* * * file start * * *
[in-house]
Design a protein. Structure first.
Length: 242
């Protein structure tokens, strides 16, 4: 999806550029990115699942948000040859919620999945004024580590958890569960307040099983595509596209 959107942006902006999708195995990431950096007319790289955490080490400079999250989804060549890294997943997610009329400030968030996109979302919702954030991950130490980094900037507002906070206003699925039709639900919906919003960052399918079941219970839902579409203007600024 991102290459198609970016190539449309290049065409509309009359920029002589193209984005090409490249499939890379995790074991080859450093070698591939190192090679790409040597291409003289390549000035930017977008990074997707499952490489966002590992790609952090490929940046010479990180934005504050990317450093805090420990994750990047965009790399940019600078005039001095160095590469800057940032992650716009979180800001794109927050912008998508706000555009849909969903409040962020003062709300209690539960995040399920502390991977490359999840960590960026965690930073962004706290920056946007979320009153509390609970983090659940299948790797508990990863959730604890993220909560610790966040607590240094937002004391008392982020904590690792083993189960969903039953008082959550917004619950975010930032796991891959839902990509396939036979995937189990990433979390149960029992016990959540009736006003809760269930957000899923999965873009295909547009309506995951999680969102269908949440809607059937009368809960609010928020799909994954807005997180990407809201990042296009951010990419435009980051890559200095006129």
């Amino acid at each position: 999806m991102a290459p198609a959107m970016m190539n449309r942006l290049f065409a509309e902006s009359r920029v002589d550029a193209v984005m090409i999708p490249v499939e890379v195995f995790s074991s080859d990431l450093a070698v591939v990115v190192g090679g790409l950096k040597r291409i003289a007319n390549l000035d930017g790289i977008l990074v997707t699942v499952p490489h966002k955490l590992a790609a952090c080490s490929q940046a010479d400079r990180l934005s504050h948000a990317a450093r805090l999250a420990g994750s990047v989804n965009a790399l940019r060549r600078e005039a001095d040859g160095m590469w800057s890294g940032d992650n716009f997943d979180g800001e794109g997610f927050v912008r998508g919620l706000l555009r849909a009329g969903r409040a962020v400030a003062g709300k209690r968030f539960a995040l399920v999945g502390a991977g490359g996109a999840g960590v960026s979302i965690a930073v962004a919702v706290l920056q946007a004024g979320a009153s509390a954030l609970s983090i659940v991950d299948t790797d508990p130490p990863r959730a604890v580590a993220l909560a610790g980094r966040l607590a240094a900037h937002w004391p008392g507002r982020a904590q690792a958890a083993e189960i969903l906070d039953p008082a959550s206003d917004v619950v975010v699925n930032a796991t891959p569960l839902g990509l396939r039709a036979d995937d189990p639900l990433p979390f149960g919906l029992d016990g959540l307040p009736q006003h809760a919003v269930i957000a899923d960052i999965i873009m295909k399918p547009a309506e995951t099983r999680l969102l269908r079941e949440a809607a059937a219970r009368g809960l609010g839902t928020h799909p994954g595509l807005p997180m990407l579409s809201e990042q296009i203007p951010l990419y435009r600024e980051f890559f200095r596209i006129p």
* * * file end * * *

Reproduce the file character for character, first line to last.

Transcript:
[in-house]
Design a protein. Structure first.
Length: 242
């Protein structure tokens, strides 16, 4: 999806550029990115699942948000040859919620999945004024580590958890569960307040099983595509596209 959107942006902006999708195995990431950096007319790289955490080490400079999250989804060549890294997943997610009329400030968030996109979302919702954030991950130490980094900037507002906070206003699925039709639900919906919003960052399918079941219970839902579409203007600024 991102290459198609970016190539449309290049065409509309009359920029002589193209984005090409490249499939890379995790074991080859450093070698591939190192090679790409040597291409003289390549000035930017977008990074997707499952490489966002590992790609952090490929940046010479990180934005504050990317450093805090420990994750990047965009790399940019600078005039001095160095590469800057940032992650716009979180800001794109927050912008998508706000555009849909969903409040962020003062709300209690539960995040399920502390991977490359999840960590960026965690930073962004706290920056946007979320009153509390609970983090659940299948790797508990990863959730604890993220909560610790966040607590240094937002004391008392982020904590690792083993189960969903039953008082959550917004619950975010930032796991891959839902990509396939036979995937189990990433979390149960029992016990959540009736006003809760269930957000899923999965873009295909547009309506995951999680969102269908949440809607059937009368809960609010928020799909994954807005997180990407809201990042296009951010990419435009980051890559200095006129």
């Amino acid at each position: 999806m991102a290459p198609a959107m970016m190539n449309r942006l290049f065409a509309e902006s009359r920029v002589d550029a193209v984005m090409i999708p490249v499939e890379v195995f995790s074991s080859d990431l450093a070698v591939v990115v190192g090679g790409l950096k040597r291409i003289a007319n390549l000035d930017g790289i977008l990074v997707t699942v499952p490489h966002k955490l590992a790609a952090c080490s490929q940046a010479d400079r990180l934005s504050h948000a990317a450093r805090l999250a420990g994750s990047v989804n965009a790399l940019r060549r600078e005039a001095d040859g160095m590469w800057s890294g940032d992650n716009f997943d979180g800001e794109g997610f927050v912008r998508g919620l706000l555009r849909a009329g969903r409040a962020v400030a003062g709300k209690r968030f539960a995040l399920v999945g502390a991977g490359g996109a999840g960590v960026s979302i965690a930073v962004a919702v706290l920056q946007a004024g979320a009153s509390a954030l609970s983090i659940v991950d299948t790797d508990p130490p990863r959730a604890v580590a993220l909560a610790g980094r966040l607590a240094a900037h937002w004391p008392g507002r982020a904590q690792a958890a083993e189960i969903l906070d039953p008082a959550s206003d917004v619950v975010v699925n930032a796991t891959p569960l839902g990509l396939r039709a036979d995937d189990p639900l990433p979390f149960g919906l029992d016990g959540l307040p009736q006003h809760a919003v269930i957000a899923d960052i999965i873009m295909k399918p547009a309506e995951t099983r999680l969102l269908r079941e949440a809607a059937a219970r009368g809960l609010g839902t928020h799909p994954g595509l807005p997180m990407l579409s809201e990042q296009i203007p951010l990419y435009r600024e980051f890559f200095r596209i006129p």